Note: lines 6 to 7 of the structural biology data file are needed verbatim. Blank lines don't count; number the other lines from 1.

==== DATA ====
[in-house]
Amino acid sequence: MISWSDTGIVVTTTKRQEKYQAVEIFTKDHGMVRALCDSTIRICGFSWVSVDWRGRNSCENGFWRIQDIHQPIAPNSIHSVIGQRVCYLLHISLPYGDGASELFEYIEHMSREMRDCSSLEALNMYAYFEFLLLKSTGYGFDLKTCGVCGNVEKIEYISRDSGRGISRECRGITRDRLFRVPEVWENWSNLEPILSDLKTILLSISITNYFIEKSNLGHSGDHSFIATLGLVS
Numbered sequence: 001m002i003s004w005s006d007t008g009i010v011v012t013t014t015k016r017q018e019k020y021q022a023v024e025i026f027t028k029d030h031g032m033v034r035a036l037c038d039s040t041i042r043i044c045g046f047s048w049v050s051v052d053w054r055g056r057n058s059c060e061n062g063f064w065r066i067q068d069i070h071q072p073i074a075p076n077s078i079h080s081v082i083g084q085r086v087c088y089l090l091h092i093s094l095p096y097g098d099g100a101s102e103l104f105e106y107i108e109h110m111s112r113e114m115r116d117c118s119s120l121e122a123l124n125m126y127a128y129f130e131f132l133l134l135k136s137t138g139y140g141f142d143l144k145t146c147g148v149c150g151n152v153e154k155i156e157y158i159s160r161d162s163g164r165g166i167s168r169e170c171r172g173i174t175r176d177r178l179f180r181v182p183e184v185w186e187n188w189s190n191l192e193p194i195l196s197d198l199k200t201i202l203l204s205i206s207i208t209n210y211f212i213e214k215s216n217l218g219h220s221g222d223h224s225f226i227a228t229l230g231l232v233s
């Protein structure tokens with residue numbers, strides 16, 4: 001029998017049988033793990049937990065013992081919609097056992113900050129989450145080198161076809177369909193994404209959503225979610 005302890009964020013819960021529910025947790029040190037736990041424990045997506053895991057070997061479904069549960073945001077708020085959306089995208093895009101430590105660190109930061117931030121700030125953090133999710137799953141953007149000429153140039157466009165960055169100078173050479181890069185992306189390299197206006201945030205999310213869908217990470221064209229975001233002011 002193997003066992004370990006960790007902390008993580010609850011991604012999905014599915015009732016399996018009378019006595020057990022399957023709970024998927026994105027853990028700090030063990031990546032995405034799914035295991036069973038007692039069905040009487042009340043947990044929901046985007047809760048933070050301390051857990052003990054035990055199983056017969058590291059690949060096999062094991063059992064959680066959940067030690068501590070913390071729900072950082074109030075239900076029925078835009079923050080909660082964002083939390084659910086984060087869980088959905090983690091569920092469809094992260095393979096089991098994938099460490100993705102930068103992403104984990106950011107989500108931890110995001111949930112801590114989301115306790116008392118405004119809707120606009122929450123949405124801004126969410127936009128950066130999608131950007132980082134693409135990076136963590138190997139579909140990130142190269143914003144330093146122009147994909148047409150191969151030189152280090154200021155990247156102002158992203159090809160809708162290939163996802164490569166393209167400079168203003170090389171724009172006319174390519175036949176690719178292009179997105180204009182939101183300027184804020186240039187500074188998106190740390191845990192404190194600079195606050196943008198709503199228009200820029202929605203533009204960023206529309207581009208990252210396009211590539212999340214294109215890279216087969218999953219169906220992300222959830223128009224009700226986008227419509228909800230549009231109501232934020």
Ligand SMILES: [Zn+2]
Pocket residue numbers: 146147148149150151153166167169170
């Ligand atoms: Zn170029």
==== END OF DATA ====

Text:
Pocket residue numbers: 146147148149150151153166167169170
């Ligand atoms: Zn170029």